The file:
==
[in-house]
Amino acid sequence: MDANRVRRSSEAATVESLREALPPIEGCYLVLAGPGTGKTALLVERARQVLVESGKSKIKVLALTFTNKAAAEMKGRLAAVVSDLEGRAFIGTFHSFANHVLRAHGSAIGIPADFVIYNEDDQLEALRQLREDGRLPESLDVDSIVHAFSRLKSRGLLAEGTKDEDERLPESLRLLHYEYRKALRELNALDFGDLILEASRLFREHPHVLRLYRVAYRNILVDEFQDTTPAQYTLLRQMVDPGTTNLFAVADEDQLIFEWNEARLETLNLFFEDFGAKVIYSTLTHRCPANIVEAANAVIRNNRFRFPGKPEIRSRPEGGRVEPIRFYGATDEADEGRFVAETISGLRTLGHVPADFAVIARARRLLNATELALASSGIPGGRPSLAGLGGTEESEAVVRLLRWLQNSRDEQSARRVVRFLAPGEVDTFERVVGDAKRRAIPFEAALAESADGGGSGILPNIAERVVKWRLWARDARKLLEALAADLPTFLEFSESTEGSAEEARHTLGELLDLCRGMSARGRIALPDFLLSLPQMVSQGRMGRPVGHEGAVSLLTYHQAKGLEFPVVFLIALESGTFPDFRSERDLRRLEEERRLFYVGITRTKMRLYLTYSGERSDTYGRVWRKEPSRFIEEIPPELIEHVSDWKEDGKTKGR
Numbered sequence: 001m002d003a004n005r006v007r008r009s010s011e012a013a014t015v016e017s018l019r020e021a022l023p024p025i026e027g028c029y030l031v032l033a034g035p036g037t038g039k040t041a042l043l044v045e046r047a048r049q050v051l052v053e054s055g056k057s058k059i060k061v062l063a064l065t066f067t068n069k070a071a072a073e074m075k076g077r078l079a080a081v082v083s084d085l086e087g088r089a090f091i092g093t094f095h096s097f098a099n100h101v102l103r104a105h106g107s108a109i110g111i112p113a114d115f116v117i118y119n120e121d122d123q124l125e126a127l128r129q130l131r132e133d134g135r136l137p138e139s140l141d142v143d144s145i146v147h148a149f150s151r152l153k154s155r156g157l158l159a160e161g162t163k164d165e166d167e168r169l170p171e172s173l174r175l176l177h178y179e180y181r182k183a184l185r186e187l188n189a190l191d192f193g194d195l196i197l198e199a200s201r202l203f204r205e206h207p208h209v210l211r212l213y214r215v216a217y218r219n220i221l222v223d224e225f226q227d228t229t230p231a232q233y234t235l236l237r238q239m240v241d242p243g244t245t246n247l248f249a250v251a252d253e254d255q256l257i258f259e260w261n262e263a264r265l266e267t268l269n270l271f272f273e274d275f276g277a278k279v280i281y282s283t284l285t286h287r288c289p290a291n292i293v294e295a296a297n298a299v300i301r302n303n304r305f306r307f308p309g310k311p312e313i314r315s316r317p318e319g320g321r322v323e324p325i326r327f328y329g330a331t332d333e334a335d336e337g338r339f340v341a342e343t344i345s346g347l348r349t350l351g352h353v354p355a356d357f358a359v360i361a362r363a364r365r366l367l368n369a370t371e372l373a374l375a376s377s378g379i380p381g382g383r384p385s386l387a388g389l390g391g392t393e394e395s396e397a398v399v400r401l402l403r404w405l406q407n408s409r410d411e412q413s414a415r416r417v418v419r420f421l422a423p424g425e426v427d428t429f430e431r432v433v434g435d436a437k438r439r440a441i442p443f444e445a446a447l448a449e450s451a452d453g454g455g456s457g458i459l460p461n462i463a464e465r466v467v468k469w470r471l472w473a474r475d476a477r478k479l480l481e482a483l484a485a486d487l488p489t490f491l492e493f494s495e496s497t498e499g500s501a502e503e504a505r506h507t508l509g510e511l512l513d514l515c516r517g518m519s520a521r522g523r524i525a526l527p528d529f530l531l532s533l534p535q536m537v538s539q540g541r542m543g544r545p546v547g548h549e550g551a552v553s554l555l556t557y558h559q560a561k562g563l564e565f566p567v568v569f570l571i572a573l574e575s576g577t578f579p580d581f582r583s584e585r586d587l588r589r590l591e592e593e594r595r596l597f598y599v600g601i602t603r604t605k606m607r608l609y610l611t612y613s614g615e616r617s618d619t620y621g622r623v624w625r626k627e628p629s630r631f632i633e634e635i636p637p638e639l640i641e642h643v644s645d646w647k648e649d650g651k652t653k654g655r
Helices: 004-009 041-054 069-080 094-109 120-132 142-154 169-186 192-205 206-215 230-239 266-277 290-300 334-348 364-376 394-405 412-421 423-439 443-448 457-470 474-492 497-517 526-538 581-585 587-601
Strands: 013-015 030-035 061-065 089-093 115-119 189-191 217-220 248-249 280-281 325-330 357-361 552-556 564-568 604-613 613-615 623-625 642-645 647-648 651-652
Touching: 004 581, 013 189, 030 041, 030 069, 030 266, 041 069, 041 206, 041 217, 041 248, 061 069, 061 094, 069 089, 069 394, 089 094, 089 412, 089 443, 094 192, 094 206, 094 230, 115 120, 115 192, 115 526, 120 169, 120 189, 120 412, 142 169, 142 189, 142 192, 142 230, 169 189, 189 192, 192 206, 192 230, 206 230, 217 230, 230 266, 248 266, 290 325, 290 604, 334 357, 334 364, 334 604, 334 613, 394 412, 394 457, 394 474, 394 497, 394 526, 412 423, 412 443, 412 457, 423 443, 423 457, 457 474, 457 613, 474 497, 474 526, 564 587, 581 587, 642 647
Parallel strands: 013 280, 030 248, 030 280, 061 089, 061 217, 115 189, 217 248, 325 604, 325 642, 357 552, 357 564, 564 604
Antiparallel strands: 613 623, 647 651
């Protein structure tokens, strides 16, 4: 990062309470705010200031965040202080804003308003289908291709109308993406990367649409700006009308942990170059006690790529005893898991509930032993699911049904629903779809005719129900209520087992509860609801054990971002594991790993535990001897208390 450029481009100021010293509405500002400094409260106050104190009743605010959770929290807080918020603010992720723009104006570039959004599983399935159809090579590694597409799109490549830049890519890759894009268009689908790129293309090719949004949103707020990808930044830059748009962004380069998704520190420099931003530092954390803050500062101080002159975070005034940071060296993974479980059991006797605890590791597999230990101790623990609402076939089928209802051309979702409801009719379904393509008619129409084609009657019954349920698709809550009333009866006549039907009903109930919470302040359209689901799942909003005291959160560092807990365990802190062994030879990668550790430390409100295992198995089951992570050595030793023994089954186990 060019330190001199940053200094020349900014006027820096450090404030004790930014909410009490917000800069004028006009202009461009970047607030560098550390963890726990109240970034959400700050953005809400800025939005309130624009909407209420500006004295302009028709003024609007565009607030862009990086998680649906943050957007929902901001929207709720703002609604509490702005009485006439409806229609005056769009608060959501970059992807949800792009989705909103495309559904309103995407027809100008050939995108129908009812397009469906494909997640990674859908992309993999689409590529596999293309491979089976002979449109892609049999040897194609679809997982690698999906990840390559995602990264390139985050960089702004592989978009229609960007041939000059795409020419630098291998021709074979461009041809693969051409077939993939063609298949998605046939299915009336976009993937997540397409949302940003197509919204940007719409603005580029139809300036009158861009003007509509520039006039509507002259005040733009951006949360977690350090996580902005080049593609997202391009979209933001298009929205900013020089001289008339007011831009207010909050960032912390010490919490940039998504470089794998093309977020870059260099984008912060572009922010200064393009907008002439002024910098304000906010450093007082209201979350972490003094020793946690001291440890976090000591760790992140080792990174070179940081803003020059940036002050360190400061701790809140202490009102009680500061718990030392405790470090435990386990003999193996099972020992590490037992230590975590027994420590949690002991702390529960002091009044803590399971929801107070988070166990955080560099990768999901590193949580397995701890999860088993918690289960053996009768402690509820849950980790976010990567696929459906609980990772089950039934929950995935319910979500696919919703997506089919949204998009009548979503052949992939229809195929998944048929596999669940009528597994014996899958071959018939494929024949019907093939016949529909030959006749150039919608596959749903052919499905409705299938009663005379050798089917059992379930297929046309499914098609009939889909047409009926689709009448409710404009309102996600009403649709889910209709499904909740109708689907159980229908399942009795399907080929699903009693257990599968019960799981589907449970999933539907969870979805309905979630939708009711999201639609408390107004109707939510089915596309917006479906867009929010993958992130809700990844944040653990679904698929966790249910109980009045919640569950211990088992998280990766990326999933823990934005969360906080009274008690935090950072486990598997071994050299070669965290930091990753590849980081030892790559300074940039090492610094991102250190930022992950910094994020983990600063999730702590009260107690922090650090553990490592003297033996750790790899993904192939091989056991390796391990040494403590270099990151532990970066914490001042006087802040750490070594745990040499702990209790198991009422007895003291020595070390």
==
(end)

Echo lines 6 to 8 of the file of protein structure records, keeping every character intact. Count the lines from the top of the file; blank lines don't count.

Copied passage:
Touching: 004 581, 013 189, 030 041, 030 069, 030 266, 041 069, 041 206, 041 217, 041 248, 061 069, 061 094, 069 089, 069 394, 089 094, 089 412, 089 443, 094 192, 094 206, 094 230, 115 120, 115 192, 115 526, 120 169, 120 189, 120 412, 142 169, 142 189, 142 192, 142 230, 169 189, 189 192, 192 206, 192 230, 206 230, 217 230, 230 266, 248 266, 290 325, 290 604, 334 357, 334 364, 334 604, 334 613, 394 412, 394 457, 394 474, 394 497, 394 526, 412 423, 412 443, 412 457, 423 443, 423 457, 457 474, 457 613, 474 497, 474 526, 564 587, 581 587, 642 647
Parallel strands: 013 280, 030 248, 030 280, 061 089, 061 217, 115 189, 217 248, 325 604, 325 642, 357 552, 357 564, 564 604
Antiparallel strands: 613 623, 647 651